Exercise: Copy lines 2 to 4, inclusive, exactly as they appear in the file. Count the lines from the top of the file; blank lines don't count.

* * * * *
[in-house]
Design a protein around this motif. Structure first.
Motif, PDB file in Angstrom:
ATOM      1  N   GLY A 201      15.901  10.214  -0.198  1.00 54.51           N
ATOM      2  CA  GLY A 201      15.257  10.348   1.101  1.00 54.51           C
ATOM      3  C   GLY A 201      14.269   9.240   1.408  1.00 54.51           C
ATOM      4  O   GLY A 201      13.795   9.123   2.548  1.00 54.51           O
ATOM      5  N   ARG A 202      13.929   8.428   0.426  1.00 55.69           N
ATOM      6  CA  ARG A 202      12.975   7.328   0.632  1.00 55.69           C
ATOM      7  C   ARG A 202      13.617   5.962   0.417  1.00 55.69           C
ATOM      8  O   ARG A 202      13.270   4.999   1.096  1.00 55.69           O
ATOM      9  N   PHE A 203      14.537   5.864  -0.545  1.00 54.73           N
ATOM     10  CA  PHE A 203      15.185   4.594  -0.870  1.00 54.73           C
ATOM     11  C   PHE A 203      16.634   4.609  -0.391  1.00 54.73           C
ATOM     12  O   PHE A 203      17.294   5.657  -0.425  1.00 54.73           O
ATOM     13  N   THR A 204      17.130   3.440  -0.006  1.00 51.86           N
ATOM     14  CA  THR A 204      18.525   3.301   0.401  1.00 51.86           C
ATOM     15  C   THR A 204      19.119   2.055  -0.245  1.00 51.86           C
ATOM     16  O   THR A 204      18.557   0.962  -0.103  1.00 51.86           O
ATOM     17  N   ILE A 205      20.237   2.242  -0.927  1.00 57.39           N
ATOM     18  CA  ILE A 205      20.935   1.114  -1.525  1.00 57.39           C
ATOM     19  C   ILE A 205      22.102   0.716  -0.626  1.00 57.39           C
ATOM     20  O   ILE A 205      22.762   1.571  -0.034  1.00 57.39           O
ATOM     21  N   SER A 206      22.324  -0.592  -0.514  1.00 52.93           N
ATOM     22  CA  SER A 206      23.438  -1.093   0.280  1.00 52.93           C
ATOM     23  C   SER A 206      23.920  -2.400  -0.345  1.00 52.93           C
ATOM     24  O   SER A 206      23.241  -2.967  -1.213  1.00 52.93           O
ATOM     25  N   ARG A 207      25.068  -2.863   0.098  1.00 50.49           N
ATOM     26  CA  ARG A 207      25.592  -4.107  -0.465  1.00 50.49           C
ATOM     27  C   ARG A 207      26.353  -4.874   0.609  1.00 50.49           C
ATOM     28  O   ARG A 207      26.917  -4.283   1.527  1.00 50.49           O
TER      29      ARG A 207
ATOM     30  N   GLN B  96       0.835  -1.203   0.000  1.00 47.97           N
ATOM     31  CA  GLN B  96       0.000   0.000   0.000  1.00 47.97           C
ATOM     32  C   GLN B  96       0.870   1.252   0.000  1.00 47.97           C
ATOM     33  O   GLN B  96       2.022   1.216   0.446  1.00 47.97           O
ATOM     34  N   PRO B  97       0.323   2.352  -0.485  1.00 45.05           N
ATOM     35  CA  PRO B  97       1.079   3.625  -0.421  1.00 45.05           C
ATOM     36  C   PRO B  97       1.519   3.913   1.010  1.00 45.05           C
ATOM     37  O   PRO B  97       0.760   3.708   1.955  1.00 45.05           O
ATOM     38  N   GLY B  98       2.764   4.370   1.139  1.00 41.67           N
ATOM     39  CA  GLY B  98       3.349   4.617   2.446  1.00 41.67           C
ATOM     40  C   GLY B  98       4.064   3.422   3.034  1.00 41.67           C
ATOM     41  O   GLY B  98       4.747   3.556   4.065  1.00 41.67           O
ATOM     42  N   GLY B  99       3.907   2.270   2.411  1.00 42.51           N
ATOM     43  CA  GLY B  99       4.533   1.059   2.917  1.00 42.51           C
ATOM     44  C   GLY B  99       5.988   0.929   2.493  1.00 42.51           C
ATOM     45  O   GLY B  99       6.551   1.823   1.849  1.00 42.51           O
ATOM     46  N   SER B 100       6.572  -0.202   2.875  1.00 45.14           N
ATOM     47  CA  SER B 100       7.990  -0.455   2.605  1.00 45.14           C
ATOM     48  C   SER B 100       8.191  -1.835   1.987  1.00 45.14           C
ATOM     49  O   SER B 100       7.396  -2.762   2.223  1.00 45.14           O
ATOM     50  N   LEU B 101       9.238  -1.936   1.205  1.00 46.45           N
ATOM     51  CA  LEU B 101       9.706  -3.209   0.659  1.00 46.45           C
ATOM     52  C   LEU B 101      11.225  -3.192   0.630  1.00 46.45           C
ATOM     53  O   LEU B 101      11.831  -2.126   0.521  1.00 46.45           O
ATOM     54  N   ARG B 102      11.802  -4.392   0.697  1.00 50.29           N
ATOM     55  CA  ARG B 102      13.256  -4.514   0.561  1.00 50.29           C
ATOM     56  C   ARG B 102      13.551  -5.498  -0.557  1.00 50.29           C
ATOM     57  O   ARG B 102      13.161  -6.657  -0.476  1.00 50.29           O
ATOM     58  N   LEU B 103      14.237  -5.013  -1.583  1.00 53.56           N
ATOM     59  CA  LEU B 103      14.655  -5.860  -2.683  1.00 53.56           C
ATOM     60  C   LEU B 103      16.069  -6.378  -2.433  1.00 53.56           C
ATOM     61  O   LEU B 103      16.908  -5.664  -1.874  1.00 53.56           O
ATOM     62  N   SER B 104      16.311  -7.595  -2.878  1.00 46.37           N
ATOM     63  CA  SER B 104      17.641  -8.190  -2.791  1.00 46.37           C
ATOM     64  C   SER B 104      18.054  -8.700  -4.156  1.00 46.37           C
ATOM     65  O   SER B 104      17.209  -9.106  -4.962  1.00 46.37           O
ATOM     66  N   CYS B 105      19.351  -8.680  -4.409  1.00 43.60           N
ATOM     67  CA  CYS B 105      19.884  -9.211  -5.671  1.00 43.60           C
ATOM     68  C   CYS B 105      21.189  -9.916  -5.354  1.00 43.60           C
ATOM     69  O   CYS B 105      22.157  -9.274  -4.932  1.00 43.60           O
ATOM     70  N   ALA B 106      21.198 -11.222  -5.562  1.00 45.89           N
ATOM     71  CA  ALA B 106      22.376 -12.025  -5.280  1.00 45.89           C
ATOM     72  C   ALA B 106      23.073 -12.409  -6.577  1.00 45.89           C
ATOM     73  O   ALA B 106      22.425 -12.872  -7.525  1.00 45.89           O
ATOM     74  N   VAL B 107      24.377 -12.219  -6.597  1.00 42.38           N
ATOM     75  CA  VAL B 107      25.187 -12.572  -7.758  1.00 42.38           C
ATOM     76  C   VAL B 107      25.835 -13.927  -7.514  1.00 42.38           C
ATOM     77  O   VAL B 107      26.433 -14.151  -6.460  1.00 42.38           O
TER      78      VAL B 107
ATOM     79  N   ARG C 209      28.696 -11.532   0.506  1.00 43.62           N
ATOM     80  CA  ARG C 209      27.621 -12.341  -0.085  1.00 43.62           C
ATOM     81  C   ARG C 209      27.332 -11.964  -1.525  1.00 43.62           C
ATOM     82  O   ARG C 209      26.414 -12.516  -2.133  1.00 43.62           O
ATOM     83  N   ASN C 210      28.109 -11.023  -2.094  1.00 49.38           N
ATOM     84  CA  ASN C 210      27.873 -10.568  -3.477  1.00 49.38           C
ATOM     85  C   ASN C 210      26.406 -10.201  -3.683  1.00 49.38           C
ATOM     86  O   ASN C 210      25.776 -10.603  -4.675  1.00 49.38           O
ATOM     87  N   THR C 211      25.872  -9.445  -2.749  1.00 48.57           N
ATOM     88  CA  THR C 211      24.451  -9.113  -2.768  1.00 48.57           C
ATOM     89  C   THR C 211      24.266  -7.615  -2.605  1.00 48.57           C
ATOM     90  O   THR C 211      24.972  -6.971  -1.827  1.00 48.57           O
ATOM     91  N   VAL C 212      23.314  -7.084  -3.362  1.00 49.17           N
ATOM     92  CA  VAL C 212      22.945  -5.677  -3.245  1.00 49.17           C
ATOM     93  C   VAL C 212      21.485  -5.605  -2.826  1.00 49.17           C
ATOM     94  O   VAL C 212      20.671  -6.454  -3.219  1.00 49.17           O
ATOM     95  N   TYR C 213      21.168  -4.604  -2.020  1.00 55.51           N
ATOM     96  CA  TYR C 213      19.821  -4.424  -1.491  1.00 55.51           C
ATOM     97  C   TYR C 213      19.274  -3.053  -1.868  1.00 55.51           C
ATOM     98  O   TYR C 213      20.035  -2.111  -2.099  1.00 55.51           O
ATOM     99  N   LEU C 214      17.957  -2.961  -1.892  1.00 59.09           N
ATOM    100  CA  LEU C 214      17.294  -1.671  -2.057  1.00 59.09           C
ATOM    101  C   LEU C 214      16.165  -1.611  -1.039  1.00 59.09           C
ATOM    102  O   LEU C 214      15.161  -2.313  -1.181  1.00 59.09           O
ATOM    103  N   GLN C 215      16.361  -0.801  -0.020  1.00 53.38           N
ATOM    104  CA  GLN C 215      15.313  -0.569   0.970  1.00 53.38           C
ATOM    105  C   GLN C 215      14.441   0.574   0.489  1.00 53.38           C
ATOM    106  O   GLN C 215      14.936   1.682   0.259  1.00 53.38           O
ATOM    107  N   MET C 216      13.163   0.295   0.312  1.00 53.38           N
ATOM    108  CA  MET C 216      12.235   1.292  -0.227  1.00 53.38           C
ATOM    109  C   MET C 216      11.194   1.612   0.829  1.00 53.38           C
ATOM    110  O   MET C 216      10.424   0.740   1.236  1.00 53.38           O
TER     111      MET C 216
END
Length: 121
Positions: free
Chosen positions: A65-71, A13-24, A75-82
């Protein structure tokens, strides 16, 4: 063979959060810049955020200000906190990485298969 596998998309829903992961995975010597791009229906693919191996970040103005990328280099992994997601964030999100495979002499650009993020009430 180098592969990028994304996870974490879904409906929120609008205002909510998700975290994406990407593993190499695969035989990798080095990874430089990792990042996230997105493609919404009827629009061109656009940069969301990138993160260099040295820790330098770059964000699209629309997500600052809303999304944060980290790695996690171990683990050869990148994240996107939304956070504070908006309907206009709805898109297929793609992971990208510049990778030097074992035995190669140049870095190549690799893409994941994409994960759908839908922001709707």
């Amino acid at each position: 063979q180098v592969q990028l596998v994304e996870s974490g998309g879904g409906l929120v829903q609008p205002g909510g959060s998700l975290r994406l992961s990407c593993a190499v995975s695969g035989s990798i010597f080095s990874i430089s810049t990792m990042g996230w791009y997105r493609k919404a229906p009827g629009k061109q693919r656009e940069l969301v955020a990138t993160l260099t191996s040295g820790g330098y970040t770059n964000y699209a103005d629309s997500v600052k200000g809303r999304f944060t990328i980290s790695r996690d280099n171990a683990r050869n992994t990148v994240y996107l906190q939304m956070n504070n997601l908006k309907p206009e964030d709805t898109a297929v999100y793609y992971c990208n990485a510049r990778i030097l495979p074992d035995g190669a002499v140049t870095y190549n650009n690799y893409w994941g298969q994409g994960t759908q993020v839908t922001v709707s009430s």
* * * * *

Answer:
Design a protein around this motif. Structure first.
Motif, PDB file in Angstrom:
ATOM      1  N   GLY A 201      15.901  10.214  -0.198  1.00 54.51           N